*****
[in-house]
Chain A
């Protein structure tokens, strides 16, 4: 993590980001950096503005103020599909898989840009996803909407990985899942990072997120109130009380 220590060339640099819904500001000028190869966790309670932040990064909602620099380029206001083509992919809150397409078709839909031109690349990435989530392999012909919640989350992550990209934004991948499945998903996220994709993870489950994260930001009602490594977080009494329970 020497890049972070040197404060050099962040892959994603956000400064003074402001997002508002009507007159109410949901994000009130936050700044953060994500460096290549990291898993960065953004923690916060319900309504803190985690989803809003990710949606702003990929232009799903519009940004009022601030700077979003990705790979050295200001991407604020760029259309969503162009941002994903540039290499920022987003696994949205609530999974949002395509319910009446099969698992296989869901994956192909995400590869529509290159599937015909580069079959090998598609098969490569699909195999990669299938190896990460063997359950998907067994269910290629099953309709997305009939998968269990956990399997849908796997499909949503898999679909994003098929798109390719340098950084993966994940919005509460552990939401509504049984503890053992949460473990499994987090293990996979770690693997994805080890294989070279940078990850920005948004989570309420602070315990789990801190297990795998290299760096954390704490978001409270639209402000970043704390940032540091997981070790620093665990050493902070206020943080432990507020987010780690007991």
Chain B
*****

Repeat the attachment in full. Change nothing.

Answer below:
[in-house]
Chain A
């Protein structure tokens, strides 16, 4: 993590980001950096503005103020599909898989840009996803909407990985899942990072997120109130009380 220590060339640099819904500001000028190869966790309670932040990064909602620099380029206001083509992919809150397409078709839909031109690349990435989530392999012909919640989350992550990209934004991948499945998903996220994709993870489950994260930001009602490594977080009494329970 020497890049972070040197404060050099962040892959994603956000400064003074402001997002508002009507007159109410949901994000009130936050700044953060994500460096290549990291898993960065953004923690916060319900309504803190985690989803809003990710949606702003990929232009799903519009940004009022601030700077979003990705790979050295200001991407604020760029259309969503162009941002994903540039290499920022987003696994949205609530999974949002395509319910009446099969698992296989869901994956192909995400590869529509290159599937015909580069079959090998598609098969490569699909195999990669299938190896990460063997359950998907067994269910290629099953309709997305009939998968269990956990399997849908796997499909949503898999679909994003098929798109390719340098950084993966994940919005509460552990939401509504049984503890053992949460473990499994987090293990996979770690693997994805080890294989070279940078990850920005948004989570309420602070315990789990801190297990795998290299760096954390704490978001409270639209402000970043704390940032540091997981070790620093665990050493902070206020943080432990507020987010780690007991």
Chain B